The pressure fields in both rooms excite vibration on the FEM subsystem. There is a hybrid junction method that allows to calculate the response of the FEM systems in the junction

```
sqq_type = dof.DOFtype(typestr='displacement',exponent = 2)
# Determine CSPD of FEM system
Sqq_P = HJ123.FEM_response(omega.angular_frequency , RPR_SEA_exc.energy)
# Detrmine nodal average from modal response
x2rms_P,v_type = plateFE.rms_vec_from_modal_cpsq(Sqq_P,sqq_type = sqq_type)
# Convert into velocity
v2rms_P = (omega.angular_frequency*x2rms_P).flatten()
```

The following figure shown the rms response of the plate due to the reverberant loading from both rooms.

For more details, especially regarding a comparison with SEA results please refer to [Pei2022]. Finally the TL follows directly from the squared pressure ratio.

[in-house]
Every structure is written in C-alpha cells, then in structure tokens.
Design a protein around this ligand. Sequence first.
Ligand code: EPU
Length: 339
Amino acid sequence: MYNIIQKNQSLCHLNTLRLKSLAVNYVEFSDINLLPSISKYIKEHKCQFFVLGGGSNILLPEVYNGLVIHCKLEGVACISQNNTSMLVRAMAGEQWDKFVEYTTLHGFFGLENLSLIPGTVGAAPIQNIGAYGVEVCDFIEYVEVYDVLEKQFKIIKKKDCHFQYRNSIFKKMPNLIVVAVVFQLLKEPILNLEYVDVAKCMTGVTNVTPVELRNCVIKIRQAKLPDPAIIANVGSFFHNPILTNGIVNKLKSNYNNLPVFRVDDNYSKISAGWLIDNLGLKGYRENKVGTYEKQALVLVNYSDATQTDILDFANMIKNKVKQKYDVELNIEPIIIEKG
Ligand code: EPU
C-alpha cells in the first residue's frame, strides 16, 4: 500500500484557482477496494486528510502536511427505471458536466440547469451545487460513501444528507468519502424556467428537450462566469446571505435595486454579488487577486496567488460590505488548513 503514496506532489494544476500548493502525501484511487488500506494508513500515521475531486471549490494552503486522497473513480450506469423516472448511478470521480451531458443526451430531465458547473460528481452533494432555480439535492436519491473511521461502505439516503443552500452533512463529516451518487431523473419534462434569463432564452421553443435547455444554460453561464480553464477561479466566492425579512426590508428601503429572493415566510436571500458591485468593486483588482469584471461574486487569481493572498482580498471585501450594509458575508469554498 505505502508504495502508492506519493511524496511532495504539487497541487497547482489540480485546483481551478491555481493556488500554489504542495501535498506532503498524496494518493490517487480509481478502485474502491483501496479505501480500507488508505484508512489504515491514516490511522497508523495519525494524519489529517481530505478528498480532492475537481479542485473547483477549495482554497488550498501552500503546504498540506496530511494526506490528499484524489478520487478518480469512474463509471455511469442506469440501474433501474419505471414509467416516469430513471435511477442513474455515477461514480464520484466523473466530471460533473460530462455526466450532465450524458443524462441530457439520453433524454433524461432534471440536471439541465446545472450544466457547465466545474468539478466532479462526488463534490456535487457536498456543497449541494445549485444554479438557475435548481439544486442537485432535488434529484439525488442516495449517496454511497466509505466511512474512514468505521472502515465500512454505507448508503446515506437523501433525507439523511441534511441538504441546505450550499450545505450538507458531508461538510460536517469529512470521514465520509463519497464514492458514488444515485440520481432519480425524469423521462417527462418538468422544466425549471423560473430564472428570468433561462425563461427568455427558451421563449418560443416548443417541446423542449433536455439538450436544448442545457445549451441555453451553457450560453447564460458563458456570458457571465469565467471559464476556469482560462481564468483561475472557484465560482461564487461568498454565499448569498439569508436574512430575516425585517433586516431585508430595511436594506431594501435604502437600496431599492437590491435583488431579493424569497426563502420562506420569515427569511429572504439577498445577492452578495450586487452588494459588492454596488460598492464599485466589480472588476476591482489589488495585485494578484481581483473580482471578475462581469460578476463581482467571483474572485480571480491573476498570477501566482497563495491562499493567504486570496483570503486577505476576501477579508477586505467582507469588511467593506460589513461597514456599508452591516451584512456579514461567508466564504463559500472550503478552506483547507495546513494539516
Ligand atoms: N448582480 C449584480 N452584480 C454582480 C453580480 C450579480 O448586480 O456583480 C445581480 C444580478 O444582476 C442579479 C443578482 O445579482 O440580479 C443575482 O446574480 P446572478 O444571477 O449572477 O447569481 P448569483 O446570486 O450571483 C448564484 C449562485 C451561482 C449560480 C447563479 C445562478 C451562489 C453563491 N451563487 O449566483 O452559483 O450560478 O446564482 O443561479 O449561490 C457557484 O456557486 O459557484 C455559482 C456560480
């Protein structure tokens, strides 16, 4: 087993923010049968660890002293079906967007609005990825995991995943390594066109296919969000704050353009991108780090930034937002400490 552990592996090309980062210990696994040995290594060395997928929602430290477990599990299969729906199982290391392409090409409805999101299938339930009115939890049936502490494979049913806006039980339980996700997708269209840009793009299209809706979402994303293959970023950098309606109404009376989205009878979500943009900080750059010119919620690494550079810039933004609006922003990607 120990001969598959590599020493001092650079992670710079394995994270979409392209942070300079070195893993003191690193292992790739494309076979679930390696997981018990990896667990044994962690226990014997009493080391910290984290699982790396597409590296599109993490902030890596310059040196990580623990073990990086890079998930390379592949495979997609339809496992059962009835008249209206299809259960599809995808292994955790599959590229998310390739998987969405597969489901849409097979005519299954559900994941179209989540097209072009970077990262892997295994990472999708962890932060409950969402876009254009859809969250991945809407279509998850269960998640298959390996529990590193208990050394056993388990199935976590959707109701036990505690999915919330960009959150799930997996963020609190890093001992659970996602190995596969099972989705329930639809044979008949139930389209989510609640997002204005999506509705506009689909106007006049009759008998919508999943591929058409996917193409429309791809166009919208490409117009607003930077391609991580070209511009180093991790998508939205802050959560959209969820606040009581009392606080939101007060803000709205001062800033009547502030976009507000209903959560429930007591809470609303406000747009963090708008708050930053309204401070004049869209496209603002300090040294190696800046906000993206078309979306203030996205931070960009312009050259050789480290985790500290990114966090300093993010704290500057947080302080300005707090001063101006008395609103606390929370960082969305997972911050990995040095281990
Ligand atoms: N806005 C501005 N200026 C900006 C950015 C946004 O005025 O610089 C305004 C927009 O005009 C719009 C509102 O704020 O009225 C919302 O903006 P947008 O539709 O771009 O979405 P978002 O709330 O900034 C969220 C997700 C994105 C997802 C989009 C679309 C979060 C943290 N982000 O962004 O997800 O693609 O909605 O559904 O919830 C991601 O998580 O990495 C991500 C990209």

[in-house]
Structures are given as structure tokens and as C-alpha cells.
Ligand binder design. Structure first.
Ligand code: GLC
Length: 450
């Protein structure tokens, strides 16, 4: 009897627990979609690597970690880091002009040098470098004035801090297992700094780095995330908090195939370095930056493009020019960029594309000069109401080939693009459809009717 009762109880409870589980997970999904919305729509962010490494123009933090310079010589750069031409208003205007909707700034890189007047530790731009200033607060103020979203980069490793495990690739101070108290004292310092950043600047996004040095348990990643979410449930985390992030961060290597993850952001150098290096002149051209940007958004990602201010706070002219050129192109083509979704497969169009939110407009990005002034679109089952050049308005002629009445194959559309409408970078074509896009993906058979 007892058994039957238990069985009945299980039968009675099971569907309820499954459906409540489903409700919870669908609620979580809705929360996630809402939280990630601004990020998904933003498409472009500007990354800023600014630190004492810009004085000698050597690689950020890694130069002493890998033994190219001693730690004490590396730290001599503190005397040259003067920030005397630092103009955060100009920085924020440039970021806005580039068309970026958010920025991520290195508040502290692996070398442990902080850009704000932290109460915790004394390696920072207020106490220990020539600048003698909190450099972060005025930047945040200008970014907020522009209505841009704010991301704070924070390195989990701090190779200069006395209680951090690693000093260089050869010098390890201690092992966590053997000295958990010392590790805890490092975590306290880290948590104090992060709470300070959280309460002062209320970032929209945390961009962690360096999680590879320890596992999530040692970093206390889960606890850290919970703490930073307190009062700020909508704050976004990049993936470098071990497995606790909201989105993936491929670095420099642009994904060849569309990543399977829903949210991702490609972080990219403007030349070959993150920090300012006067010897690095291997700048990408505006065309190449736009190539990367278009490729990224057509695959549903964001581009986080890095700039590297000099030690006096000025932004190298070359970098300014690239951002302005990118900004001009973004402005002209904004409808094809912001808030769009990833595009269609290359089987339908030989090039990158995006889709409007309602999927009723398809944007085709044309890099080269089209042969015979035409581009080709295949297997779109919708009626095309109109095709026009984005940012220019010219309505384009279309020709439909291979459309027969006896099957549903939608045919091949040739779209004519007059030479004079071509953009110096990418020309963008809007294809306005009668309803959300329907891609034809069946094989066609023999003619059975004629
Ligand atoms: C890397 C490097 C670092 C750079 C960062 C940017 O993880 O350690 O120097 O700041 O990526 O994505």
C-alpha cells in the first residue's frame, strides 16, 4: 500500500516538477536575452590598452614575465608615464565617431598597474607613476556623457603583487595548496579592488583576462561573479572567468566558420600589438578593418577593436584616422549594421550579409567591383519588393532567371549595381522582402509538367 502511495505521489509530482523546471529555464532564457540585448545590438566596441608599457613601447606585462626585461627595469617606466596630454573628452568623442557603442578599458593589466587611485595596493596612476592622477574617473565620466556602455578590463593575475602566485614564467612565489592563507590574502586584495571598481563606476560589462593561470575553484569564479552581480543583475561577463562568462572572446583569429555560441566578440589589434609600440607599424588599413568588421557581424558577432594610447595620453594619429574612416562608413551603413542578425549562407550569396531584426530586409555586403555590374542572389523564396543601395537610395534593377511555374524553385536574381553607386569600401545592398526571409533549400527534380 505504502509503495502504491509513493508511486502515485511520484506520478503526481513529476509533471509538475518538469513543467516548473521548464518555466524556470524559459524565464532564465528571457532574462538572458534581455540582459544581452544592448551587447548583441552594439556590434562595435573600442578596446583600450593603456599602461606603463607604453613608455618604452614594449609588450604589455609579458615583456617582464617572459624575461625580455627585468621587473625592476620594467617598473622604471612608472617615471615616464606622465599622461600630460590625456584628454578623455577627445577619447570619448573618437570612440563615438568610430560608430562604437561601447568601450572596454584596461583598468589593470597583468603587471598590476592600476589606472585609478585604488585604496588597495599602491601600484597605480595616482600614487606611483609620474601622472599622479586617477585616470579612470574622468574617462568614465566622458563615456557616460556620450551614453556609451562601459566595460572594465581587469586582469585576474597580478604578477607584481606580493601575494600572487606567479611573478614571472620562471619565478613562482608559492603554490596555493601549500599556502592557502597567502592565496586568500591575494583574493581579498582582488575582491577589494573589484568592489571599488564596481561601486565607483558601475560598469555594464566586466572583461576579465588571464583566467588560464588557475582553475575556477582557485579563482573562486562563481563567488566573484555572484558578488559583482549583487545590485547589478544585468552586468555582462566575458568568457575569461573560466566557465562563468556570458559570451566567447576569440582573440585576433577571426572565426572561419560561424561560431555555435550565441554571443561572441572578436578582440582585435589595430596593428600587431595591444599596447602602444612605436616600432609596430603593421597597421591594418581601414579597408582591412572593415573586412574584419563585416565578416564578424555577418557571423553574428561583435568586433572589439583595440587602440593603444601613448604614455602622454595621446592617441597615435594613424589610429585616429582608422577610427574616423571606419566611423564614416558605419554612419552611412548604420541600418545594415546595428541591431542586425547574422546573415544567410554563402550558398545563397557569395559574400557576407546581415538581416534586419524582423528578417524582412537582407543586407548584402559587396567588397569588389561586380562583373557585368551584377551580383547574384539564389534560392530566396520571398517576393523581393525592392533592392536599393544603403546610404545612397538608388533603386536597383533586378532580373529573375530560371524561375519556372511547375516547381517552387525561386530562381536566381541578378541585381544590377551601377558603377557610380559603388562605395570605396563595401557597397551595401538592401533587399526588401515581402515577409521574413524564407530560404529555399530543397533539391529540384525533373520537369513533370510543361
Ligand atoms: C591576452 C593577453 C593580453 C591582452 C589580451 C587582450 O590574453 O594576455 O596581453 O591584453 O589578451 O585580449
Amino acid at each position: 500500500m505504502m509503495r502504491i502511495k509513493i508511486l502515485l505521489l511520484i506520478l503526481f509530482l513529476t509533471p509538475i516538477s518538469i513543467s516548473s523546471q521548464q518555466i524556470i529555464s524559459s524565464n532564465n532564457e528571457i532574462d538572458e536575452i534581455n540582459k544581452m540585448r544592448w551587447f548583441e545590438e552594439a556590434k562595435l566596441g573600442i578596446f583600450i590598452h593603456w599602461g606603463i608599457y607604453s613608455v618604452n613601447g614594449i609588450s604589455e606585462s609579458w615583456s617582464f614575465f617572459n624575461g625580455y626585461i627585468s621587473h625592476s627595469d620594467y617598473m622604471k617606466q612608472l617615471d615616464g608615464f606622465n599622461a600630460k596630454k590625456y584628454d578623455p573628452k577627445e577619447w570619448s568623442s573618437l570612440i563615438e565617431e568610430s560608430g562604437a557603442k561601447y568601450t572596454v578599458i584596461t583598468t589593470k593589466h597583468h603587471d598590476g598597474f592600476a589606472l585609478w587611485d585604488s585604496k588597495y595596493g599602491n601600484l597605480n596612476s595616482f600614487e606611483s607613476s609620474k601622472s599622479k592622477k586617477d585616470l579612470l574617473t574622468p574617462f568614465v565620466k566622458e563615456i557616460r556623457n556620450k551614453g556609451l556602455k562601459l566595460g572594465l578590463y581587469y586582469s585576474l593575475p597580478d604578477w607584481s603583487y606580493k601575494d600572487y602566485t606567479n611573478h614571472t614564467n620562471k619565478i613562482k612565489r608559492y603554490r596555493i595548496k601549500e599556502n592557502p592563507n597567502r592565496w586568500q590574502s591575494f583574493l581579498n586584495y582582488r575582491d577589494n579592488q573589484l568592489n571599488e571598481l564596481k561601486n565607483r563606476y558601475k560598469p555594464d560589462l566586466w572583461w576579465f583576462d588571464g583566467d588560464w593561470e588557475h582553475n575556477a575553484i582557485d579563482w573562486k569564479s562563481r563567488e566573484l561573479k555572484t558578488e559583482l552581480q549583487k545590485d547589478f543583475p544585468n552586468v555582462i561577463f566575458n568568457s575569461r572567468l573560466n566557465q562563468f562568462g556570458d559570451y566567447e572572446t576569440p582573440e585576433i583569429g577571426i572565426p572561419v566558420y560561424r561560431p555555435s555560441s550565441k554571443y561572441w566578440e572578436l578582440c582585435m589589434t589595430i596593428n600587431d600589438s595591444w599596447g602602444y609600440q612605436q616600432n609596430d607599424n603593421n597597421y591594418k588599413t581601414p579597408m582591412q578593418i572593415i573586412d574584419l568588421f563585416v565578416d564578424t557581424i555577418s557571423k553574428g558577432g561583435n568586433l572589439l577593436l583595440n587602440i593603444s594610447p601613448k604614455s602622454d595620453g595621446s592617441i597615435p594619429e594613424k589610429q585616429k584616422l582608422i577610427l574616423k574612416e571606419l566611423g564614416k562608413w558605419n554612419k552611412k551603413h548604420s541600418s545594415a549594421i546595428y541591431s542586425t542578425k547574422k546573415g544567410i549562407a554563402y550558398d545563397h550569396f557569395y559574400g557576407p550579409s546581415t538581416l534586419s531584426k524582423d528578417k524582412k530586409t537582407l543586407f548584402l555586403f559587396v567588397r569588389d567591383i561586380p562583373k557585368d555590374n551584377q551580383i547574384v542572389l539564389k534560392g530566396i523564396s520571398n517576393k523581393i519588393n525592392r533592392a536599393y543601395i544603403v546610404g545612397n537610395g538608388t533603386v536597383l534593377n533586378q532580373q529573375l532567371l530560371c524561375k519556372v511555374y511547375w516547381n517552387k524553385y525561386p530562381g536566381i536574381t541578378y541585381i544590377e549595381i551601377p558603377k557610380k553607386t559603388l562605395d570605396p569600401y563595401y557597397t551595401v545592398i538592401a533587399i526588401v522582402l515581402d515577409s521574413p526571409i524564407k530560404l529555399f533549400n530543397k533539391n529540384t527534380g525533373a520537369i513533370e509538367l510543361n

```
p1 = RPR_SEA_exc.result[0].ydata.flatten()
p2 = RPR_SEA_exc.result[1].ydata.flatten()
tau = (p2/p1)**2
```

### Force excitation at plate

In the second case a point force is exciting the plate. The global model is the same, but with a different load.

```
forceID = 199
force10N = lC.Load(omega, 10*np.sqrt(2)*np.ones(omega.shape), \
dof.DOF(forceID,3,dof.DOFtype(typestr = 'force')), \
name = '10N@Node'+str(forceID))
# check position
X,Y = mesh.nodes()
print('Excitation at X={0:.2f}, Y={1:.2f}'.format(X.flatten()[forceID],Y.flatten()[forceID]))
```

With output:

```
Excitation at X=0.31, Y=0.11
```